Biden Allows Trump's Freeze On Skilled Worker And Other Visas To Expire
President Biden has allowed a ban on H1-B and other kinds of foreign work visas to expire, bringing to a close a dramatic clampdown on legal immigration put in place by the Trump administration last year as part of its response to the coronavirus pandemic.
The ban, imposed last June, was designed to prevent temporary workers from a range of industries from entering the country. At the time, President Trump said the freeze was needed to both protect public health and safeguard a job market that at the time was in freefall.
While groups that support less immigration cheered the move, it was widely opposed by business groups.
The original order centered on H1-B visas, which are aimed at certain kinds of skilled professionals, such as those working in the tech industry.
But it also hit a broader range of workers, including executives who work for large corporations in the U.S. through the L-1 visa program, seasonal workers in the hospitality industry, students on work-study programs and au pairs.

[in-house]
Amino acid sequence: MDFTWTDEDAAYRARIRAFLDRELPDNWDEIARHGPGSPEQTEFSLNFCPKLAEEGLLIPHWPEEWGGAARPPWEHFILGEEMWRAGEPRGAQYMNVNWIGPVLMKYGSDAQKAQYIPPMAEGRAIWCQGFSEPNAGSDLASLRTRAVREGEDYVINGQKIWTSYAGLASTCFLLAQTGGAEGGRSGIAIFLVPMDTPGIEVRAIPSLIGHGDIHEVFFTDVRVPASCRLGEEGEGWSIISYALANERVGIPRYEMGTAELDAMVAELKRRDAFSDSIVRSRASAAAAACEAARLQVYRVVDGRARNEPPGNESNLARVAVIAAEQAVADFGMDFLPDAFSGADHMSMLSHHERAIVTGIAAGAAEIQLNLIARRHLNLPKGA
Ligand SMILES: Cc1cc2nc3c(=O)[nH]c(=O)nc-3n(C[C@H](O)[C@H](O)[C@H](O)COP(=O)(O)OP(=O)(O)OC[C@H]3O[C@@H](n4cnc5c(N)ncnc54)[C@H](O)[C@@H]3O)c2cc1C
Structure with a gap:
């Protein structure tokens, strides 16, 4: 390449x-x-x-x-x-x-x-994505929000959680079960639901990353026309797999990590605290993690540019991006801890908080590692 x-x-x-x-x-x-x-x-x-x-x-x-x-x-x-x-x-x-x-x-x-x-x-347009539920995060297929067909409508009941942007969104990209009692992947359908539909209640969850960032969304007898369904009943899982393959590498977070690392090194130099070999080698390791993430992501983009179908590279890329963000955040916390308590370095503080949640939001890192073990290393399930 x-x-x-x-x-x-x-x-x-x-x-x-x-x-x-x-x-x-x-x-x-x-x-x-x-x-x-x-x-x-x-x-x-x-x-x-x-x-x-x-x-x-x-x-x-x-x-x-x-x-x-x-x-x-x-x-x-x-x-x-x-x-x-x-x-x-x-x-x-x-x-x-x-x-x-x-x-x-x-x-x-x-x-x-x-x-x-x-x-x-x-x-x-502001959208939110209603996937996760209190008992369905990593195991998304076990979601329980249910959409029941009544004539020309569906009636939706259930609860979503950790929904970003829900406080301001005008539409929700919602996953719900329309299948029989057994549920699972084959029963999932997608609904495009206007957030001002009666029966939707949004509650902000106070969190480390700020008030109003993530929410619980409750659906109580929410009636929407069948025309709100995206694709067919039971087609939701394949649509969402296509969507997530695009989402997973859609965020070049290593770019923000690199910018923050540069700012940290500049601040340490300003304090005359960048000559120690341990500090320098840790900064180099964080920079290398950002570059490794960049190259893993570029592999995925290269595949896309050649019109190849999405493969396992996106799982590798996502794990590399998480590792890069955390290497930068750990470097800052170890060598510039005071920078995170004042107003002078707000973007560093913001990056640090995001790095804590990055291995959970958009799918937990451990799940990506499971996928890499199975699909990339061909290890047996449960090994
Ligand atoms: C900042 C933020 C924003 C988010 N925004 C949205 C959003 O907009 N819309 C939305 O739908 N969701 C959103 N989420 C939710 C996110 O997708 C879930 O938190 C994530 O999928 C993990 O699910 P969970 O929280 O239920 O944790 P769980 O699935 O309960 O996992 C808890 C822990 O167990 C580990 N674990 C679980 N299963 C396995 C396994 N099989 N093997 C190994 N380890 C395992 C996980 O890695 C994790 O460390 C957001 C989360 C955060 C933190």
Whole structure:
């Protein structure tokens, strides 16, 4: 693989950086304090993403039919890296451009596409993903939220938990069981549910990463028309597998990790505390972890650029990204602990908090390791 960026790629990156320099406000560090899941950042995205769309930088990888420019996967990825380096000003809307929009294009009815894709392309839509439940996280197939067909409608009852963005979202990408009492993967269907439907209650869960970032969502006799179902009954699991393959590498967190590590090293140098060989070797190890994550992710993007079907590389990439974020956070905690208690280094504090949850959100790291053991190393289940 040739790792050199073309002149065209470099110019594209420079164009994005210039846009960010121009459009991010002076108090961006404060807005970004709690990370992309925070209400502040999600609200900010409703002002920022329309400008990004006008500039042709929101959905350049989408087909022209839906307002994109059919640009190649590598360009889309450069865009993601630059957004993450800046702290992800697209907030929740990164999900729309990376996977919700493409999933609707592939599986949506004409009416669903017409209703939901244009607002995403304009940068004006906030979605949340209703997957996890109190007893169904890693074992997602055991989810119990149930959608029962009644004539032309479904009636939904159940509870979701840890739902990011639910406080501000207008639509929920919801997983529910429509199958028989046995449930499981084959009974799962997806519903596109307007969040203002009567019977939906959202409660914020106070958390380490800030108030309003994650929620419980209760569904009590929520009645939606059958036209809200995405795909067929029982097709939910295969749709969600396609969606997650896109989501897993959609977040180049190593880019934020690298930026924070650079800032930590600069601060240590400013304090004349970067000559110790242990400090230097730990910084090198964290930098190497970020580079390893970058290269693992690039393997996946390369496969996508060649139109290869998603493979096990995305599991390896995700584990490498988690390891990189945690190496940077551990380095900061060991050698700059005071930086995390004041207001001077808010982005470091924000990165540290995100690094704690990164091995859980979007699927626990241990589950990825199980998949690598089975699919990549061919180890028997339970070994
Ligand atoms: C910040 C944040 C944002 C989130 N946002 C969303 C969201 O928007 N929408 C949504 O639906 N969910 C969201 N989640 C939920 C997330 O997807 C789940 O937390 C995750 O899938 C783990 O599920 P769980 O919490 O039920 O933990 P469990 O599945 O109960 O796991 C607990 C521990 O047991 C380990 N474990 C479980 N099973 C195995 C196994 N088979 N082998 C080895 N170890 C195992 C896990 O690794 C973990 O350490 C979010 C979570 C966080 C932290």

The end of the policy — announced on the State Department website — had been widely expected. On the campaign trail, then-candidate Biden called it "yet another attempt to distract from this Administration's failure to lead an effective response to COVID-19."
This is yet another attempt to distract from this Administration's failure to lead an effective response to COVID-19. Immigrants help grow our economy and create jobs. The President can't scapegoat his way out of this crisis. https://t.co/FEqWNJG6TK— Joe Biden (@JoeBiden) June 23, 2020
In February, Biden previewed the end of the policy with a proclamation condemning the immigration freeze, saying it was counterproductive to U.S. interests and hurt businesses and individuals alike.
"It harms the United States, including by preventing certain family members of United States citizens and lawful permanent residents from joining their families here," the proclamation said.
The Biden administration had already lifted a separate set of immigration restrictions put in place during the early months of the pandemic. In February, the White House also announced that it was revoking parts of a ban that blocked entry into the country for family members of U.S. citizens, winners of the diversity lottery program and some immigrants with employment-based green cards.
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